Anyway, the FF stop a robbery which is perpetrated by some gargoyle-esque demon and his henchmen, we pull out to reveal that Doctor Doom was behind all of it! And that pisses Doom off big time, because that jewelry store robbery was... integral... to Doom’s... ah, fuck it. Doom’s just pissed off because “RICHARDDDDSSSSSSSS!!!!!!!!” like usual. After ranting about Blackbeard’s treasure (Doom’s early adventures were kinda lame, okay?), Doom is left behind for two pages, so we can focus on one of Reed Richard’s most important characteristics in What If: moping about life being unfair. Using a serious of apparently hidden cameras, Reed checks in on Ben, who’s living it up; Johnny, who’s life isn’t as great as in our universe; and Sue, who plays with children, but who also has decided that marrying a floating brain isn’t such a great deal, so she’s thinking about hitching up with Ben. Suddenly, an intruder invades the Baxter Building! Reed-the-brain rushes to find him, only to reveal that it’s none-other than Dr. Doom!

In a show of altruism (which is probably part of his evil plan, but whatever), Doom tells Richards that he can make a robot body for him, so that, you know, he won’t just be a gross floating brain anymore. Richards refuses, not because he distrusts Doom, mind you, but because he’s grown “accustomed” (again, I’m quoting the actual goddamn comic) to being a gross floating brain. People, seriously, Reed Richards is an unstable individual.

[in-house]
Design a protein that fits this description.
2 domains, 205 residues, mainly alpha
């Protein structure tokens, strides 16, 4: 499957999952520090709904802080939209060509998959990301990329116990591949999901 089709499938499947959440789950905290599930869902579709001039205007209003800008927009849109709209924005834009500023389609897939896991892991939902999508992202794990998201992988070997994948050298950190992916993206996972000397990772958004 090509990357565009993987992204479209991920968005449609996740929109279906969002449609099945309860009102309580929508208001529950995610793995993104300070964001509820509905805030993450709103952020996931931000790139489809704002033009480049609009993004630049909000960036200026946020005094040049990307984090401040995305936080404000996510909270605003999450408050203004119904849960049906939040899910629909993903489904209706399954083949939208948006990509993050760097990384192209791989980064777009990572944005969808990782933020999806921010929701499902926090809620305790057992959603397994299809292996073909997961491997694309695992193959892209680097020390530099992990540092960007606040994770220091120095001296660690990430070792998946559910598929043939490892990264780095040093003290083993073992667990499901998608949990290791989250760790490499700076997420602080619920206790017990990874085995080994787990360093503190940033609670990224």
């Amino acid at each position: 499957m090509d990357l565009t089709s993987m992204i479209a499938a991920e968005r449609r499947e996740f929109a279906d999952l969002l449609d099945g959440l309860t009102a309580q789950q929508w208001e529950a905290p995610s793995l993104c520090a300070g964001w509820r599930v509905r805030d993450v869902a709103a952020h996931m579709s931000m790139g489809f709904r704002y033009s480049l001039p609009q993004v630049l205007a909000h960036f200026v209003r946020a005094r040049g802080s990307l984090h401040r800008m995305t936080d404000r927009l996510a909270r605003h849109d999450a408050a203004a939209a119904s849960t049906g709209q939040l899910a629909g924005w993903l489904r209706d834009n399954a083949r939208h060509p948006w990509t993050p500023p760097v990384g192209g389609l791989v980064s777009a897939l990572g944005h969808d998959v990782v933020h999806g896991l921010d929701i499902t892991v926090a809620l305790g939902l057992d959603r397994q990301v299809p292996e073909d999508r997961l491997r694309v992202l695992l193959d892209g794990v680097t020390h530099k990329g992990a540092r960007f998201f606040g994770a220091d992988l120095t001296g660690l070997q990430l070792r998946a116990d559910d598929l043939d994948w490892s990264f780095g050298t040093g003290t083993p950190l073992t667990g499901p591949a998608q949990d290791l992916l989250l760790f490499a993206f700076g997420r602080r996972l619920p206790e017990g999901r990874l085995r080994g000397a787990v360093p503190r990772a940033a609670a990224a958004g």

Reed’s all like “it sure is great being an awesome brain super scientist!” until Doom grabs another (I assume?) invisible camera to show Sue cuddling up to Ben. Reed quickly FREAKS THE FUCK OUT, and is easily convinced by Doom that Doom can save his crappy relationship, when “Mandroid” Johnny shows up and everything turns to hell. Also, the trap that Doom has tricked Reed-the-living-brain into floating into? He calls it the “Cerebro Shield”, so I guess it’s some sort of anti-Professor X technology? I guess? Anyway, Reed’s trapped in it, and can’t talk to his teammates, while Doom whips Johnny’s metal ass. After defeating Johnny, Doom takes Reed-the-brain captive, and heads to his homeland of Latveria. Why doesn’t Doom just straight up kill Richards and Johnny right now, and be done with it? Because this is comics, everybody. Stop asking so damn many questions.

Ben and Sue find Johnny in ruble, and because Doom foolishly named dropped who he is, Ben realizes who was here and retells Doom’s origin. I know, I know, I haven’t explained that in a What If Wednesday yet, but fuck it. I guarantee, if you don’t know, there will be a MUCH BETTER time to explain it. Possibly in episode 22, “What If Doctor Doom Had Become a Hero?”? This is just a thought. So, uh, if you don’t know who Doctor Doom is, despite 50 years of comics history, multiple cartoons and video games, and 2 (really 3) movies.... wikipedia it, okay?

Ben, Sue, and Johnny, high tail it for Latveria. Meanwhile, Reed-the-brain finds out Doom’s big plan is to use him to power his time machine, to steal Blackbeard’s treasure, which, at this point, can I just call schenanigans and assume this isn’t really Doom but actually a Doombot? Cuz this plot is stupid. Anyway, the rest of the FF show up to wreck up the place, and I’d like to pause for a moment, because watching Sue Storm have Mr. Fantastic’s powers is... well, disturbing. I mean, Reed’s faux-Plastic Man powers have always been weird, but seriously, when you add the aspect of the female form to the equation, it gets just down right awkward. I’m not trying to be sexist, I swear, but there are some scenes here where all you can assume based on simple anatomy is that Susan is smothering guards with her breasts. And honestly, that makes me uncomfortable...